Maricopa County Recorder Adrian Fontes Hosts Roundtable With Disability Community
Arizona’s 2016 presidential primary is remembered by many as a fiasco after thousands of voters, including people with disabilities, stood in line for hours to vote.
While that was unusual, voters with disabilities often face hurdles. Efforts are being made to improve that.
It’s called the Roundtable Project, and it’s an opportunity for Maricopa County Recorder Adrian Fontes to meet with often under-served communities.
On Thursday, Fontes met with members of the disability community. A big area of concern for this population is access.
"They want what they deserve, and they want their rights preserved," Fontes said. "We’ve got a lot more awareness on access to large print ballots and braille ballots, for example. We are completely replacing the specific voting machines that we use for people with disabilities with a much better, newer model for the 2020 cycle."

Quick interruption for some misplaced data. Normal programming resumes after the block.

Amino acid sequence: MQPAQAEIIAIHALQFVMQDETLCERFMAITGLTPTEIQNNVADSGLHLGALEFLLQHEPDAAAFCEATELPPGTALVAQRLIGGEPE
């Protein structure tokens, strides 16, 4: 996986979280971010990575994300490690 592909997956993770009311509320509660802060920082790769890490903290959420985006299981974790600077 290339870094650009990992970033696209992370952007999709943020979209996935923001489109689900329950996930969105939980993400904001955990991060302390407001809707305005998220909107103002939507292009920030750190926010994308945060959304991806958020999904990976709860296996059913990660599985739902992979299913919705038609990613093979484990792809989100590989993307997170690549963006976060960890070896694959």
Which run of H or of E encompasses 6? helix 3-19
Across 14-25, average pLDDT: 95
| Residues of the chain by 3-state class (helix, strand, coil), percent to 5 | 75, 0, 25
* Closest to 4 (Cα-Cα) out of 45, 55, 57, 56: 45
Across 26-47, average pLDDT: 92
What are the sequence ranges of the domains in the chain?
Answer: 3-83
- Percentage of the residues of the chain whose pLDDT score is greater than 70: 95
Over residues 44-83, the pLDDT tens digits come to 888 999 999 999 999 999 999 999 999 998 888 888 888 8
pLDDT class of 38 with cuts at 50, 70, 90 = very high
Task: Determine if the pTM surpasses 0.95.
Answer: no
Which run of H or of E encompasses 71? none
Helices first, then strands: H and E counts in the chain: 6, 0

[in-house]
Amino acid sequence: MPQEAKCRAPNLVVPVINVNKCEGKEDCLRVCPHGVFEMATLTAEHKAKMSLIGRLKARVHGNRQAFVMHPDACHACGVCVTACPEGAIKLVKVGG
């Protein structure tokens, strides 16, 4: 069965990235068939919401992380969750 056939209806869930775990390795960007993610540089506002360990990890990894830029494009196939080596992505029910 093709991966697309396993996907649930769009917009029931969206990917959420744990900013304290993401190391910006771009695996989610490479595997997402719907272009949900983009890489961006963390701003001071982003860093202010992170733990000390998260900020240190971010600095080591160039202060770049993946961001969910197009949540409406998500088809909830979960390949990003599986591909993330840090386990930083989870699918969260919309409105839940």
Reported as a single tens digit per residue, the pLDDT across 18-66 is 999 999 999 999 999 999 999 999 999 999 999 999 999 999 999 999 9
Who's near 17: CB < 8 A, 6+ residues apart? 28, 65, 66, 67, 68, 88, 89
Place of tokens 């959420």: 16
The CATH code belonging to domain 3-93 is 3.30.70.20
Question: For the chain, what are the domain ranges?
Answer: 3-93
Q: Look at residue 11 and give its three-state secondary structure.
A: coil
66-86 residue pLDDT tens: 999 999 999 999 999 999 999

Renaldo Fowler is a senior staff advocate with the Arizona Center for Disability Law. He joined Fontes at the roundtable. He says his job is to look at the entire electoral process
"So some of the challenges that voter or persons with disabilities is making sure poll workers are trained; making sure that that machine is on and that they know how to use that machine; making sure that the poll workers understand disability etiquette," Fowler said.
At least two people at the roundtable expressed their frustrations about poll workers who were not trained or prepared to help a person with a disability vote.